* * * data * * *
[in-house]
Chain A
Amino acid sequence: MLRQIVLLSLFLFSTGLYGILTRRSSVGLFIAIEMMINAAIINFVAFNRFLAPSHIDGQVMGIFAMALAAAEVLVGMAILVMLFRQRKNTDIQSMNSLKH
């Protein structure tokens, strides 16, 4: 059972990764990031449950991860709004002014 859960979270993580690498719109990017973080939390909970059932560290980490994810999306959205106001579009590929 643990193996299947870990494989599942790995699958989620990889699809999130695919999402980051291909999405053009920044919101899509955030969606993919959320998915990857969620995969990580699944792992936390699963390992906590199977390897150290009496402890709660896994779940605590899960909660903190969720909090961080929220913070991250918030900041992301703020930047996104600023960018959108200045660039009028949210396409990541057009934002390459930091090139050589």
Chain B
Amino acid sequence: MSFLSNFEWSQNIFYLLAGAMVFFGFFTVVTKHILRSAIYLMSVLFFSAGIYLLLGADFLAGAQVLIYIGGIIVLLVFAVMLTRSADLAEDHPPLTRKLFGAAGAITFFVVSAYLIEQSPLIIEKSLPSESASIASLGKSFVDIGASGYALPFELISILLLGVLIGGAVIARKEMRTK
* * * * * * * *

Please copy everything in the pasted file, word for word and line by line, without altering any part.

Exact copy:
[in-house]
Chain A
Amino acid sequence: MLRQIVLLSLFLFSTGLYGILTRRSSVGLFIAIEMMINAAIINFVAFNRFLAPSHIDGQVMGIFAMALAAAEVLVGMAILVMLFRQRKNTDIQSMNSLKH
């Protein structure tokens, strides 16, 4: 059972990764990031449950991860709004002014 859960979270993580690498719109990017973080939390909970059932560290980490994810999306959205106001579009590929 643990193996299947870990494989599942790995699958989620990889699809999130695919999402980051291909999405053009920044919101899509955030969606993919959320998915990857969620995969990580699944792992936390699963390992906590199977390897150290009496402890709660896994779940605590899960909660903190969720909090961080929220913070991250918030900041992301703020930047996104600023960018959108200045660039009028949210396409990541057009934002390459930091090139050589």
Chain B
Amino acid sequence: MSFLSNFEWSQNIFYLLAGAMVFFGFFTVVTKHILRSAIYLMSVLFFSAGIYLLLGADFLAGAQVLIYIGGIIVLLVFAVMLTRSADLAEDHPPLTRKLFGAAGAITFFVVSAYLIEQSPLIIEKSLPSESASIASLGKSFVDIGASGYALPFELISILLLGVLIGGAVIARKEMRTK